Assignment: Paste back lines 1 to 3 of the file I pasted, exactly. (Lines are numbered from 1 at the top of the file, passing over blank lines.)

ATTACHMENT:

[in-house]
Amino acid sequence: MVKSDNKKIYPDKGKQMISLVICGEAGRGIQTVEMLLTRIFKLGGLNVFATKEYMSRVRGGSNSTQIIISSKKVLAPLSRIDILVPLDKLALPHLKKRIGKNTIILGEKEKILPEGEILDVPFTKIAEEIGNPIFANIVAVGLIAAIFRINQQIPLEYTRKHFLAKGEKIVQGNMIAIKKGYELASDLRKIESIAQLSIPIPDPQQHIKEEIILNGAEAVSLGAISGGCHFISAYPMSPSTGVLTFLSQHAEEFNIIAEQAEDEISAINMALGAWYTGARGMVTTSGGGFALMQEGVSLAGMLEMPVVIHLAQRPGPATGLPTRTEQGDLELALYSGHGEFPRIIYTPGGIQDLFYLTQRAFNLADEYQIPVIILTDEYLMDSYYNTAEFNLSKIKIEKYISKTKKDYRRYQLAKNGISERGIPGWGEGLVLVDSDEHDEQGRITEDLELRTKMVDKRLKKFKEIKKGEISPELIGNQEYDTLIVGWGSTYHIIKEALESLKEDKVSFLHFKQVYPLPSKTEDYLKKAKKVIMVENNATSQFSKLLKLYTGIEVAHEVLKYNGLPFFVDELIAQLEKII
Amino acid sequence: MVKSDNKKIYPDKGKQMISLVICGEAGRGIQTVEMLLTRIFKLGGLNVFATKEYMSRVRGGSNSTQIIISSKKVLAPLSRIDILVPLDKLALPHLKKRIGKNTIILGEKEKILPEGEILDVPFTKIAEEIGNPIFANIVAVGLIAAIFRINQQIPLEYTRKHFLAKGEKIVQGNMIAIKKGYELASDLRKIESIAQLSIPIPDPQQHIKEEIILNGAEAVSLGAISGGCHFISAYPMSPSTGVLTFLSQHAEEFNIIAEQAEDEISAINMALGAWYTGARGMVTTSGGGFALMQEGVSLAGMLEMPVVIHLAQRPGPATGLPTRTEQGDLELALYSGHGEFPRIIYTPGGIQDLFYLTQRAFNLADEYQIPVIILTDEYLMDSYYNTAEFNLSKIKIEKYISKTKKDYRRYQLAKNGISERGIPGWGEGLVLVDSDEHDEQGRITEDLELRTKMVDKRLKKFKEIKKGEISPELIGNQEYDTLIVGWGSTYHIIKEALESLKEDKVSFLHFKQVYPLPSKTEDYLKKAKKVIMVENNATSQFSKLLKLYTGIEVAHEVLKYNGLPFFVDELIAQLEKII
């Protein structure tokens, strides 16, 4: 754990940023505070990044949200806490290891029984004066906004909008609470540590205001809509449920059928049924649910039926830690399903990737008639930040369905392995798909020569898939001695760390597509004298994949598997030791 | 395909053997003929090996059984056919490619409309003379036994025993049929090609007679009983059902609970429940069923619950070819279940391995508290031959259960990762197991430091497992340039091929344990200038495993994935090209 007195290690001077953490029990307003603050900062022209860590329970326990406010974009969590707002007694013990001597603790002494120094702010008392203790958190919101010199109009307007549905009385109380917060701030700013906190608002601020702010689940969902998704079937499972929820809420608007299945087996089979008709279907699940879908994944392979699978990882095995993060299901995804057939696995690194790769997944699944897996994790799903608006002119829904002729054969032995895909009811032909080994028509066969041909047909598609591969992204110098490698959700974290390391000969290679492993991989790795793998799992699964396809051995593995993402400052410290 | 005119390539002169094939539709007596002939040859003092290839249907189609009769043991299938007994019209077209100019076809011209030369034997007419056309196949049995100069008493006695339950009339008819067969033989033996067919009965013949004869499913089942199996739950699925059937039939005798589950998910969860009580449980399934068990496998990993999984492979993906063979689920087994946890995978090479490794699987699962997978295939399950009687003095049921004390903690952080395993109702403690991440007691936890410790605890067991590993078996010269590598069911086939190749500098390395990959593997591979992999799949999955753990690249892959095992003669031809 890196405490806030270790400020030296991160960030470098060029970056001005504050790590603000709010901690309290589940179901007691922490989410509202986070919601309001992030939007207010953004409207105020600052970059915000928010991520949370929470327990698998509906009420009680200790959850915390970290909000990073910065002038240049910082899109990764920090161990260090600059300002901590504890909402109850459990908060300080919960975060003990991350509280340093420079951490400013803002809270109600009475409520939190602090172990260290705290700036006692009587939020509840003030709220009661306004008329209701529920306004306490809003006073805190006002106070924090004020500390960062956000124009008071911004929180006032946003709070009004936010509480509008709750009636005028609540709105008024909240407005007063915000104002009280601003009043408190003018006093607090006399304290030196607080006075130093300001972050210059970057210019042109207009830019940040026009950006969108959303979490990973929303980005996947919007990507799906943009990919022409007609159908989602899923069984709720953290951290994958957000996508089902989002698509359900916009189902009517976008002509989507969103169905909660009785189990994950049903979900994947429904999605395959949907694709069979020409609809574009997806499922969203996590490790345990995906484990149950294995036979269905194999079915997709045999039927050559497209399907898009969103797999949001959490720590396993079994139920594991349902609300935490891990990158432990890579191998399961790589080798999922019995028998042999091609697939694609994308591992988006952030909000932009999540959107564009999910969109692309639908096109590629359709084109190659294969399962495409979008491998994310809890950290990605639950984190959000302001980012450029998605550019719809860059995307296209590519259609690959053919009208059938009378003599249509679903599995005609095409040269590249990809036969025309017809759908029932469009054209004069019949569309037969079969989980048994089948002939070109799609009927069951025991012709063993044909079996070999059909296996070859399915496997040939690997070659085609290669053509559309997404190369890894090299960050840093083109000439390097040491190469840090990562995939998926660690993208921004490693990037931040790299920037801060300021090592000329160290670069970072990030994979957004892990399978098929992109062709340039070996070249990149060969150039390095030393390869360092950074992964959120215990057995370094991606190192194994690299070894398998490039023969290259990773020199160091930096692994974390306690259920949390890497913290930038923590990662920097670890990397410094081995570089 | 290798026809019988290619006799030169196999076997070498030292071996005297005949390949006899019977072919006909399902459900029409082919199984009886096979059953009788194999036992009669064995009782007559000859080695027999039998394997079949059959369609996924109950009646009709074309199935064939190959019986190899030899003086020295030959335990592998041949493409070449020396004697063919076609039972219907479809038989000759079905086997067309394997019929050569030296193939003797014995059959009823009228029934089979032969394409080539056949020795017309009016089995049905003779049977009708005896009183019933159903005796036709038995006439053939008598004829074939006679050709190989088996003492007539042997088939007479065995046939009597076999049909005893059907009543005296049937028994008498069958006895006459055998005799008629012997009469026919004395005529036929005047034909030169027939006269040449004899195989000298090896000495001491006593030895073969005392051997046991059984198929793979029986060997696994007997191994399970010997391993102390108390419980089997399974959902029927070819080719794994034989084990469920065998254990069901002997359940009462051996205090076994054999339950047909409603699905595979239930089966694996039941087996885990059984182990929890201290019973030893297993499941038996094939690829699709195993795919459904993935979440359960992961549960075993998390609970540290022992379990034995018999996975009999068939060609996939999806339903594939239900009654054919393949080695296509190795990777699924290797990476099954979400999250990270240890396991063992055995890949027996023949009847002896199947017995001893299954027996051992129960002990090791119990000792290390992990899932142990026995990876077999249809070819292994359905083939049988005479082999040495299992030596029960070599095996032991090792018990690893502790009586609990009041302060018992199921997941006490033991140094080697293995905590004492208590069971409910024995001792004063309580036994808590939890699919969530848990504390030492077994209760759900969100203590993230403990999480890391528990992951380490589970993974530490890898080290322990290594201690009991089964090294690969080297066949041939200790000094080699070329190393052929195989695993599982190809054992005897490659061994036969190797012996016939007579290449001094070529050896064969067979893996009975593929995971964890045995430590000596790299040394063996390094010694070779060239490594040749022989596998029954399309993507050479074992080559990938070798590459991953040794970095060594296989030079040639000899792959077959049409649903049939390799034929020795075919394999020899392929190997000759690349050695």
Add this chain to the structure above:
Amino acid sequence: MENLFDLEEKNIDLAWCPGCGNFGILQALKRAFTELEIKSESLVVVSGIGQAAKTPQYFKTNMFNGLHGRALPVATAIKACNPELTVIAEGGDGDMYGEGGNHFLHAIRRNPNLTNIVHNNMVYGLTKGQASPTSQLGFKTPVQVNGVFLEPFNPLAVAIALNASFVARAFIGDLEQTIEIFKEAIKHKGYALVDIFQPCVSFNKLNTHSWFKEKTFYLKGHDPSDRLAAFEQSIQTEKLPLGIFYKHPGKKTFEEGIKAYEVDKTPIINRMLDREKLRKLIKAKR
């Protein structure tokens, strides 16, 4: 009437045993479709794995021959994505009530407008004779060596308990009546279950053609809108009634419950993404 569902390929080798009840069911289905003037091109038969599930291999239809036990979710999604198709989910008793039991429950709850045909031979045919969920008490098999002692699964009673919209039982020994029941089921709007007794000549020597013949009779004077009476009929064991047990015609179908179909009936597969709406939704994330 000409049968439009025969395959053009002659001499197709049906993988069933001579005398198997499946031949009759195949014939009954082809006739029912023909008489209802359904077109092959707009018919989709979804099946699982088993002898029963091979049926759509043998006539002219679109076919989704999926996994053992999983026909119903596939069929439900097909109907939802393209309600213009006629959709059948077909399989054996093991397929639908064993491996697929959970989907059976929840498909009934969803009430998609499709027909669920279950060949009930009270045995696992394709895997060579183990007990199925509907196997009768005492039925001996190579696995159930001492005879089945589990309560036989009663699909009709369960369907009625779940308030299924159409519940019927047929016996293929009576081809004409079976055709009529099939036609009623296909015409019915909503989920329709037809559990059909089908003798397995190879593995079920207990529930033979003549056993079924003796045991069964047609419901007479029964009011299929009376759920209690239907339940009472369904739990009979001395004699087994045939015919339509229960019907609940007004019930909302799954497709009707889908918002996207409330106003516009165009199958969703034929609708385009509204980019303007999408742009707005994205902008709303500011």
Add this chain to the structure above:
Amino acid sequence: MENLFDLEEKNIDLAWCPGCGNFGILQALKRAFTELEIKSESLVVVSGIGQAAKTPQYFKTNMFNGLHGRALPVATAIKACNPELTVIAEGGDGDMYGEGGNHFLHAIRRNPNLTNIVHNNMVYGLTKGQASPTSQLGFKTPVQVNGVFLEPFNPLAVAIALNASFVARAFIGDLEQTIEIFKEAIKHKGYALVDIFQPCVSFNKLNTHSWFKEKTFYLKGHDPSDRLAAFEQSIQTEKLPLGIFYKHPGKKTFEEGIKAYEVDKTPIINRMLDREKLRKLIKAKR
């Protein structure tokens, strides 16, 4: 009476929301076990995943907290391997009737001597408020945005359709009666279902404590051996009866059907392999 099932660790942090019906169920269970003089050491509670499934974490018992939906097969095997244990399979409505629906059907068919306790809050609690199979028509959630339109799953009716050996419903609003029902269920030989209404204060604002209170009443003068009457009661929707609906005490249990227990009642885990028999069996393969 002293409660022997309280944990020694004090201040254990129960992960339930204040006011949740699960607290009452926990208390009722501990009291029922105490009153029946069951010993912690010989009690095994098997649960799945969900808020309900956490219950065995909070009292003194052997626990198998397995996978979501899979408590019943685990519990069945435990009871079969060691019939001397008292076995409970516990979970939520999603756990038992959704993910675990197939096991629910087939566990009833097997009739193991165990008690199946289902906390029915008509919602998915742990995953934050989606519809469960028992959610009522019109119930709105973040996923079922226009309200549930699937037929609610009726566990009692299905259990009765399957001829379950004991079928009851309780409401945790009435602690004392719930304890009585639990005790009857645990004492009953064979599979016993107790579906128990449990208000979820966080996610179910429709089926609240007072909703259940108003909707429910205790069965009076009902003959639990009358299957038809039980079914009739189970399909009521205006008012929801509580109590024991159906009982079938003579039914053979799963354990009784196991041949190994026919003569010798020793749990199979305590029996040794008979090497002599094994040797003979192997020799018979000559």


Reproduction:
[in-house]
Amino acid sequence: MVKSDNKKIYPDKGKQMISLVICGEAGRGIQTVEMLLTRIFKLGGLNVFATKEYMSRVRGGSNSTQIIISSKKVLAPLSRIDILVPLDKLALPHLKKRIGKNTIILGEKEKILPEGEILDVPFTKIAEEIGNPIFANIVAVGLIAAIFRINQQIPLEYTRKHFLAKGEKIVQGNMIAIKKGYELASDLRKIESIAQLSIPIPDPQQHIKEEIILNGAEAVSLGAISGGCHFISAYPMSPSTGVLTFLSQHAEEFNIIAEQAEDEISAINMALGAWYTGARGMVTTSGGGFALMQEGVSLAGMLEMPVVIHLAQRPGPATGLPTRTEQGDLELALYSGHGEFPRIIYTPGGIQDLFYLTQRAFNLADEYQIPVIILTDEYLMDSYYNTAEFNLSKIKIEKYISKTKKDYRRYQLAKNGISERGIPGWGEGLVLVDSDEHDEQGRITEDLELRTKMVDKRLKKFKEIKKGEISPELIGNQEYDTLIVGWGSTYHIIKEALESLKEDKVSFLHFKQVYPLPSKTEDYLKKAKKVIMVENNATSQFSKLLKLYTGIEVAHEVLKYNGLPFFVDELIAQLEKII
Amino acid sequence: MVKSDNKKIYPDKGKQMISLVICGEAGRGIQTVEMLLTRIFKLGGLNVFATKEYMSRVRGGSNSTQIIISSKKVLAPLSRIDILVPLDKLALPHLKKRIGKNTIILGEKEKILPEGEILDVPFTKIAEEIGNPIFANIVAVGLIAAIFRINQQIPLEYTRKHFLAKGEKIVQGNMIAIKKGYELASDLRKIESIAQLSIPIPDPQQHIKEEIILNGAEAVSLGAISGGCHFISAYPMSPSTGVLTFLSQHAEEFNIIAEQAEDEISAINMALGAWYTGARGMVTTSGGGFALMQEGVSLAGMLEMPVVIHLAQRPGPATGLPTRTEQGDLELALYSGHGEFPRIIYTPGGIQDLFYLTQRAFNLADEYQIPVIILTDEYLMDSYYNTAEFNLSKIKIEKYISKTKKDYRRYQLAKNGISERGIPGWGEGLVLVDSDEHDEQGRITEDLELRTKMVDKRLKKFKEIKKGEISPELIGNQEYDTLIVGWGSTYHIIKEALESLKEDKVSFLHFKQVYPLPSKTEDYLKKAKKVIMVENNATSQFSKLLKLYTGIEVAHEVLKYNGLPFFVDELIAQLEKII